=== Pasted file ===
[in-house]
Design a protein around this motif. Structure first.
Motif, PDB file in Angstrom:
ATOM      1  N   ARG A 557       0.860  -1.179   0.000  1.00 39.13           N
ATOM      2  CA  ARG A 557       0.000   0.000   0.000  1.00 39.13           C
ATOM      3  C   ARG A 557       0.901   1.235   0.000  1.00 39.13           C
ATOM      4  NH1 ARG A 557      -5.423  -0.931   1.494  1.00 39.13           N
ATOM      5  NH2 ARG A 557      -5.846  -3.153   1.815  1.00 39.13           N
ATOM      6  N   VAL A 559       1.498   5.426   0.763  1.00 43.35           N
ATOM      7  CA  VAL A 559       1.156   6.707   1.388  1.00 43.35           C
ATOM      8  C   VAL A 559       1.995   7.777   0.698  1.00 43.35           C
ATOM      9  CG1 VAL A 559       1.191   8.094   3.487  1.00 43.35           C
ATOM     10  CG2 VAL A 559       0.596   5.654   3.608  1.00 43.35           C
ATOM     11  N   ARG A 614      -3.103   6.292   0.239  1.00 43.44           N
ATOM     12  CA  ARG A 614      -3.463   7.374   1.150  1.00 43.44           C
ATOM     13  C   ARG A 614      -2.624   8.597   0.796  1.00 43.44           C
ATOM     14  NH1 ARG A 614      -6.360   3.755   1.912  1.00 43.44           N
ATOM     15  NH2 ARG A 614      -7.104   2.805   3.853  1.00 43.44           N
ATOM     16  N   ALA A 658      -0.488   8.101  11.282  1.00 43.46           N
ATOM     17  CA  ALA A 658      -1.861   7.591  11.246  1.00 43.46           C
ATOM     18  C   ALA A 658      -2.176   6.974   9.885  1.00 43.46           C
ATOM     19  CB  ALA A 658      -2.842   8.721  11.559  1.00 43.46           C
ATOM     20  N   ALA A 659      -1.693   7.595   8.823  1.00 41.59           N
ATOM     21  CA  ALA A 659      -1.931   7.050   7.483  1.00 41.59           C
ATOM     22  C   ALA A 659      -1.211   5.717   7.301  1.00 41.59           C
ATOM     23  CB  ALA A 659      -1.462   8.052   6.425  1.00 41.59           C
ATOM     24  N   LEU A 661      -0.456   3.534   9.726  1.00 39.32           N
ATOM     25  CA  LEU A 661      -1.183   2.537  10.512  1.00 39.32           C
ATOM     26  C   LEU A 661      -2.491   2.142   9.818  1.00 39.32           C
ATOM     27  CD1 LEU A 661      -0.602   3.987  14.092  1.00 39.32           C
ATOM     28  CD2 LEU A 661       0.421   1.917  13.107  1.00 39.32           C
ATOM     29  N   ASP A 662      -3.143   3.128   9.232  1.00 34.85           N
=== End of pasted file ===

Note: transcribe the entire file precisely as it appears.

[in-house]
Design a protein around this motif. Structure first.
Motif, PDB file in Angstrom:
ATOM      1  N   ARG A 557       0.860  -1.179   0.000  1.00 39.13           N
ATOM      2  CA  ARG A 557       0.000   0.000   0.000  1.00 39.13           C
ATOM      3  C   ARG A 557       0.901   1.235   0.000  1.00 39.13           C
ATOM      4  NH1 ARG A 557      -5.423  -0.931   1.494  1.00 39.13           N
ATOM      5  NH2 ARG A 557      -5.846  -3.153   1.815  1.00 39.13           N
ATOM      6  N   VAL A 559       1.498   5.426   0.763  1.00 43.35           N
ATOM      7  CA  VAL A 559       1.156   6.707   1.388  1.00 43.35           C
ATOM      8  C   VAL A 559       1.995   7.777   0.698  1.00 43.35           C
ATOM      9  CG1 VAL A 559       1.191   8.094   3.487  1.00 43.35           C
ATOM     10  CG2 VAL A 559       0.596   5.654   3.608  1.00 43.35           C
ATOM     11  N   ARG A 614      -3.103   6.292   0.239  1.00 43.44           N
ATOM     12  CA  ARG A 614      -3.463   7.374   1.150  1.00 43.44           C
ATOM     13  C   ARG A 614      -2.624   8.597   0.796  1.00 43.44           C
ATOM     14  NH1 ARG A 614      -6.360   3.755   1.912  1.00 43.44           N
ATOM     15  NH2 ARG A 614      -7.104   2.805   3.853  1.00 43.44           N
ATOM     16  N   ALA A 658      -0.488   8.101  11.282  1.00 43.46           N
ATOM     17  CA  ALA A 658      -1.861   7.591  11.246  1.00 43.46           C
ATOM     18  C   ALA A 658      -2.176   6.974   9.885  1.00 43.46           C
ATOM     19  CB  ALA A 658      -2.842   8.721  11.559  1.00 43.46           C
ATOM     20  N   ALA A 659      -1.693   7.595   8.823  1.00 41.59           N
ATOM     21  CA  ALA A 659      -1.931   7.050   7.483  1.00 41.59           C
ATOM     22  C   ALA A 659      -1.211   5.717   7.301  1.00 41.59           C
ATOM     23  CB  ALA A 659      -1.462   8.052   6.425  1.00 41.59           C
ATOM     24  N   LEU A 661      -0.456   3.534   9.726  1.00 39.32           N
ATOM     25  CA  LEU A 661      -1.183   2.537  10.512  1.00 39.32           C
ATOM     26  C   LEU A 661      -2.491   2.142   9.818  1.00 39.32           C
ATOM     27  CD1 LEU A 661      -0.602   3.987  14.092  1.00 39.32           C
ATOM     28  CD2 LEU A 661       0.421   1.917  13.107  1.00 39.32           C
ATOM     29  N   ASP A 662      -3.143   3.128   9.232  1.00 34.85           N